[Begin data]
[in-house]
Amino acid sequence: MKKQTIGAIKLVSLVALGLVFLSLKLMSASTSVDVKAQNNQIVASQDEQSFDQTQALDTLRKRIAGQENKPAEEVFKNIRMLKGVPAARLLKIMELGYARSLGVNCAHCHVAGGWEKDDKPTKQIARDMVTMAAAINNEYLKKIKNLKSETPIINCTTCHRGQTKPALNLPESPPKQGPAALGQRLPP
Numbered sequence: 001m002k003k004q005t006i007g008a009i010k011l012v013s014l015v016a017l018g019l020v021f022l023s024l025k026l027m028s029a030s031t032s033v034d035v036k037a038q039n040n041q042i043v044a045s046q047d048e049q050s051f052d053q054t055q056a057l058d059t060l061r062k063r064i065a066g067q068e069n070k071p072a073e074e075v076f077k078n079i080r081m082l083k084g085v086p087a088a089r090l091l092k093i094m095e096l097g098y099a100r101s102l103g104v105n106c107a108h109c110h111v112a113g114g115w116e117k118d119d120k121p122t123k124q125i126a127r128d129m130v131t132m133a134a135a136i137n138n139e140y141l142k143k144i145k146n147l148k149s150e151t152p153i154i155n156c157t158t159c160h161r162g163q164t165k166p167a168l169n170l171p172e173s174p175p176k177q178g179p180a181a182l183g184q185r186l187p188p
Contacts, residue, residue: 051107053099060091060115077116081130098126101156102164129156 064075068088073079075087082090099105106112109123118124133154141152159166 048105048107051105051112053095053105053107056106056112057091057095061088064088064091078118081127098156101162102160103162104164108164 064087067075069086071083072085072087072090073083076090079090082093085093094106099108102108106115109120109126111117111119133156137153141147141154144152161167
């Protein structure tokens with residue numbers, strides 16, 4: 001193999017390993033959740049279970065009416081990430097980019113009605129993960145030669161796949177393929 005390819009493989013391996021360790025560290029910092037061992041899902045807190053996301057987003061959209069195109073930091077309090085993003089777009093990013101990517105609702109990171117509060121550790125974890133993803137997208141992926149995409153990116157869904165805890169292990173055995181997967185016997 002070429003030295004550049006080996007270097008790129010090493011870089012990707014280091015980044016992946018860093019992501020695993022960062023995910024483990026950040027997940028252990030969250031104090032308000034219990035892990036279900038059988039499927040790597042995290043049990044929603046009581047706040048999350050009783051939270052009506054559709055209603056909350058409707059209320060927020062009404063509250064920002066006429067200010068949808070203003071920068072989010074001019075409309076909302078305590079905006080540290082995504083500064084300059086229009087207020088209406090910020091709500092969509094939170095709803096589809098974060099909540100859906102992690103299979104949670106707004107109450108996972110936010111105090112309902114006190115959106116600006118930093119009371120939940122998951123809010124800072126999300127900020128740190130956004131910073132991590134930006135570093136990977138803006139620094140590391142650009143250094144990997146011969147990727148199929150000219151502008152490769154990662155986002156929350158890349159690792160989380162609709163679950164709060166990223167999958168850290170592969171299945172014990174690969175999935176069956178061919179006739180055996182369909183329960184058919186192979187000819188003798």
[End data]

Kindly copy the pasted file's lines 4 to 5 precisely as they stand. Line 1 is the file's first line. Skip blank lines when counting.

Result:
Contacts, residue, residue: 051107053099060091060115077116081130098126101156102164129156 064075068088073079075087082090099105106112109123118124133154141152159166 048105048107051105051112053095053105053107056106056112057091057095061088064088064091078118081127098156101162102160103162104164108164 064087067075069086071083072085072087072090073083076090079090082093085093094106099108102108106115109120109126111117111119133156137153141147141154144152161167
């Protein structure tokens with residue numbers, strides 16, 4: 001193999017390993033959740049279970065009416081990430097980019113009605129993960145030669161796949177393929 005390819009493989013391996021360790025560290029910092037061992041899902045807190053996301057987003061959209069195109073930091077309090085993003089777009093990013101990517105609702109990171117509060121550790125974890133993803137997208141992926149995409153990116157869904165805890169292990173055995181997967185016997 002070429003030295004550049006080996007270097008790129010090493011870089012990707014280091015980044016992946018860093019992501020695993022960062023995910024483990026950040027997940028252990030969250031104090032308000034219990035892990036279900038059988039499927040790597042995290043049990044929603046009581047706040048999350050009783051939270052009506054559709055209603056909350058409707059209320060927020062009404063509250064920002066006429067200010068949808070203003071920068072989010074001019075409309076909302078305590079905006080540290082995504083500064084300059086229009087207020088209406090910020091709500092969509094939170095709803096589809098974060099909540100859906102992690103299979104949670106707004107109450108996972110936010111105090112309902114006190115959106116600006118930093119009371120939940122998951123809010124800072126999300127900020128740190130956004131910073132991590134930006135570093136990977138803006139620094140590391142650009143250094144990997146011969147990727148199929150000219151502008152490769154990662155986002156929350158890349159690792160989380162609709163679950164709060166990223167999958168850290170592969171299945172014990174690969175999935176069956178061919179006739180055996182369909183329960184058919186192979187000819188003798």